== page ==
1. Rajaton won the Contest for Vocal Ensembles at the Tampere Vocal Music Festival in 1999. What is your most prominent memory of the event?
The thing I remember best is when we were phoned and told that we’d won the whole show. This was actually on the night before the concluding concert, because we’d said earlier that we couldn’t perform at the concert because of other commitments. But when this happened, we managed to get ourselves in the very first slot in the concert and sing, and some of us left immediately after that. So I wasn’t there myself to hoist the Näsinneula Trophy; I was in a car on my way to Mikkeli.
2. You’ve been on the jury of the Contest for Vocal Ensembles since 2003, you were Artistic Director of the festival in 2011, and now you’re the jury chairman. How has the Contest changed over the years?
It’s been wonderful to have a front-row seat at the Contest for such a long time. It’s been hugely rewarding to be on the jury, and it’ll be interesting to work with a completely new group of people this year. One trend I’ve noted is that the number of ensembles performing acoustically has decreased, particularly classical ensembles. We’ve responded to this by dividing the Contest into two categories to level the playing field for unamplified groups; after all, they have a lower volume and don’t use any electronic effects.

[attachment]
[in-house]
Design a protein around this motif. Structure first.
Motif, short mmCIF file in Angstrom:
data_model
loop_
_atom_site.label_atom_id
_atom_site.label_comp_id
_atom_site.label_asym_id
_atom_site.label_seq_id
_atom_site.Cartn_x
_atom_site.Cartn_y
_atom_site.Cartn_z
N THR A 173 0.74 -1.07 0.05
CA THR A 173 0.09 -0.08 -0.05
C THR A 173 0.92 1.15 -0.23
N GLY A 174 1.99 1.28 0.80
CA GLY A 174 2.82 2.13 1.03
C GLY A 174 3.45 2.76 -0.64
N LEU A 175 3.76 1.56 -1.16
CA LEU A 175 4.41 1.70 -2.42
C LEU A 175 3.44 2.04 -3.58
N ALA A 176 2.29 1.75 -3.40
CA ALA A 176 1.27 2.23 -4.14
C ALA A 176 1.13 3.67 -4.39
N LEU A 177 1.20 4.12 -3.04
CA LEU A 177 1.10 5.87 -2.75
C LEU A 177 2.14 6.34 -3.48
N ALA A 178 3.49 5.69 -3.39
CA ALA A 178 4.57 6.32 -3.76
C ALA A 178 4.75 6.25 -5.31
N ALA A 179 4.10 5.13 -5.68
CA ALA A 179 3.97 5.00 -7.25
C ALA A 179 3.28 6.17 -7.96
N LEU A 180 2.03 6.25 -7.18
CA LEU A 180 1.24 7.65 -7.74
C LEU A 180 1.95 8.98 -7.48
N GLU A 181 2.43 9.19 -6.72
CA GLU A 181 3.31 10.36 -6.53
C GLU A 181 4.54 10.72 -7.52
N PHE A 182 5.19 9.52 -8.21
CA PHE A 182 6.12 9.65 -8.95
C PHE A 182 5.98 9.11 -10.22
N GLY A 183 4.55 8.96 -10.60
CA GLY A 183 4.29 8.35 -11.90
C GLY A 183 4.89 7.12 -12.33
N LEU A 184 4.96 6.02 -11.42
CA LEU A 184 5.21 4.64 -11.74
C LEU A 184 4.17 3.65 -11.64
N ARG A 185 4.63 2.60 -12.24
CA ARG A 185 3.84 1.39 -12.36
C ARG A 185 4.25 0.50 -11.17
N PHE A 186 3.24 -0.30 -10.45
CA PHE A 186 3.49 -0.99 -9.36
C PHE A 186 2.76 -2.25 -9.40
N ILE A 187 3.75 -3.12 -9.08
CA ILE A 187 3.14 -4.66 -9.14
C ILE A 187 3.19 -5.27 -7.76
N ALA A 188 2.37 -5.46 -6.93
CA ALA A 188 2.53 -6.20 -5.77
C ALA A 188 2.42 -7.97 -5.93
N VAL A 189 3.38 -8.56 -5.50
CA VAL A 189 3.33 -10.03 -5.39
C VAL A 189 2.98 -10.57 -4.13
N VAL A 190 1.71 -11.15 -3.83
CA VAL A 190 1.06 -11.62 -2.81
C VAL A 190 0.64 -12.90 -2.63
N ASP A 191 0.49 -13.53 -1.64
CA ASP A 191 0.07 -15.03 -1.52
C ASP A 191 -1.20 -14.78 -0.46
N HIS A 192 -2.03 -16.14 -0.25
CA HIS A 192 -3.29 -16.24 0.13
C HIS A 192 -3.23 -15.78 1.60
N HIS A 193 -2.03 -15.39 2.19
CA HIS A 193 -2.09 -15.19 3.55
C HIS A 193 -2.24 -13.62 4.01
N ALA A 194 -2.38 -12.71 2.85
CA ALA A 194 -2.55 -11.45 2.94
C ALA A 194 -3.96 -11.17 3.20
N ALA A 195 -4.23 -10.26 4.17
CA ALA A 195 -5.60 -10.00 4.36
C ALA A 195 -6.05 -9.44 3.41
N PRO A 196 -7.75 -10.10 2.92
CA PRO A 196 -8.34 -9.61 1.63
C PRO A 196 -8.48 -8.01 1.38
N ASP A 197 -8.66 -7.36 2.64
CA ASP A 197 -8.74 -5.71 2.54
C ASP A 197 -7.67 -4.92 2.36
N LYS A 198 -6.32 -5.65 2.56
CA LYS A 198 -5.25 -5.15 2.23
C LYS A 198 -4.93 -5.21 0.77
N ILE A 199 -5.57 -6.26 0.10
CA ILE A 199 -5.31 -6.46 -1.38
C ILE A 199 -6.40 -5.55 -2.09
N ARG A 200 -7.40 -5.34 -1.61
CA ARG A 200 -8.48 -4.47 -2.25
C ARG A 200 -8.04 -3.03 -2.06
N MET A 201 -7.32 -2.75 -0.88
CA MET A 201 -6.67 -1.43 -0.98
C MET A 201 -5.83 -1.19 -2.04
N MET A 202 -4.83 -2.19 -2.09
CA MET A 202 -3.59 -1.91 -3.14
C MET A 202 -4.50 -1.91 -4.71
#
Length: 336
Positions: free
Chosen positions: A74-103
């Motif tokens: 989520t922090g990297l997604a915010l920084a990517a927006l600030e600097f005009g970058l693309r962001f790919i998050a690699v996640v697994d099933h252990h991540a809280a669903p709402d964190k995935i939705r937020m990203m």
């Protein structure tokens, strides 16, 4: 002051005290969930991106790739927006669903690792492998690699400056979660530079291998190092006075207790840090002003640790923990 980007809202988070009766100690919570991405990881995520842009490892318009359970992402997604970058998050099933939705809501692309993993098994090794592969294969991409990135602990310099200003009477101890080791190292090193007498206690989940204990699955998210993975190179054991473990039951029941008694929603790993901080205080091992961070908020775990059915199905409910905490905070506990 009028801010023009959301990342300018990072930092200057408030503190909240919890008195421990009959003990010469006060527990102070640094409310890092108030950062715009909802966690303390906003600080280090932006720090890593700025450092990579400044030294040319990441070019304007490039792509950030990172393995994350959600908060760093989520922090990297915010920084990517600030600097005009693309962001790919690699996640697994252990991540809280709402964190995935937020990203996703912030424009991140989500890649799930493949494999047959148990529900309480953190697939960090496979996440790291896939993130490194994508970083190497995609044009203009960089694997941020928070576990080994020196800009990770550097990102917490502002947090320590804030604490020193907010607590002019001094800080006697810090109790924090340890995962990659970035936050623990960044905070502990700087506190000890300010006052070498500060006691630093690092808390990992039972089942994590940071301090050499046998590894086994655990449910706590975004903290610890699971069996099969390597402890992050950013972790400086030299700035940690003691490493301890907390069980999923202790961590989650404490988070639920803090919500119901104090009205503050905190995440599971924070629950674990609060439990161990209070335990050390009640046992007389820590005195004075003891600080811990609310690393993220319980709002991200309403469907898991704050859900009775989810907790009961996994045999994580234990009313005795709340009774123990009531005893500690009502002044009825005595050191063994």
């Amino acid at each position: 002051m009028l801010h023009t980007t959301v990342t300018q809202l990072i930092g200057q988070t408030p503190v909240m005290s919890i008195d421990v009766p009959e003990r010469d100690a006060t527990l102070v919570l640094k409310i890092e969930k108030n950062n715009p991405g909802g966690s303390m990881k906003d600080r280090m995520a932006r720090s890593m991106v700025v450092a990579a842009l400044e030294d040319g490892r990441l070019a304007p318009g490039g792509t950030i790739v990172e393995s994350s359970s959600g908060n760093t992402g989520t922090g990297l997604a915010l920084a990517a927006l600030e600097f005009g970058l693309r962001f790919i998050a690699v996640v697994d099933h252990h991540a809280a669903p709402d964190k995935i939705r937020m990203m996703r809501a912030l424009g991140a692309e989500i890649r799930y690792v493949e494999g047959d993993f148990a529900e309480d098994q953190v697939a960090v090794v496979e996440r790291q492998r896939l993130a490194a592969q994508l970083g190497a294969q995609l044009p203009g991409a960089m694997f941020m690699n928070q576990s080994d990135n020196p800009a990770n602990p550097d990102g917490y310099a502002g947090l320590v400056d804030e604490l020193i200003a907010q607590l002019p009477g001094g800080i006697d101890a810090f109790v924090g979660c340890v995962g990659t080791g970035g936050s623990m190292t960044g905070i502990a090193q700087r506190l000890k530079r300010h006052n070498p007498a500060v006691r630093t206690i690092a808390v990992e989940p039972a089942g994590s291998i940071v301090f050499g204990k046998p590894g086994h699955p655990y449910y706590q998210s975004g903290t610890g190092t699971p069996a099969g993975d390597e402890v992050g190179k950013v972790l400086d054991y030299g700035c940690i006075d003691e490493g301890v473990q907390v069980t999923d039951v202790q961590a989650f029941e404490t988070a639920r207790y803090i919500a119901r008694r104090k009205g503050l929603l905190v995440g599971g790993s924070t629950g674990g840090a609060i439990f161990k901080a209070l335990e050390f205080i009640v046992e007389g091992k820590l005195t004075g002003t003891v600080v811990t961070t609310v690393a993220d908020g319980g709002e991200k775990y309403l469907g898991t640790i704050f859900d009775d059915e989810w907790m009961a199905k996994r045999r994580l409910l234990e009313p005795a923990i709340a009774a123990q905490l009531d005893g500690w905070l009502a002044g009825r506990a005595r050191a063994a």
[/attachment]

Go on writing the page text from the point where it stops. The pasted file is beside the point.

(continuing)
3. How would you like to see ensemble singing develop internationally?
I hope to see new and original groups that continue to push the envelope of vocal expression. There’s plenty of room for new groups in the world!
4. The Rajaton vocal ensemble is celebrating its 20th anniversary. What’s the secret of your successful long collaboration?
I believe that the main reason we’ve made it this far is that we invested a lot in it from the very start. We’ve had our ups and downs, but we’ve always kept our goal clear in our minds. Another thing is that we’ve always had a devoted fan base. If it wasn’t for them, I’m not sure we’d still be together today.
5. How would you advise fledgling vocal ensembles?
Be bold in searching for your own identity and then embody that identity in your music and your performances. Work hard and set specific goals for yourselves. Talk a lot, but sing even more!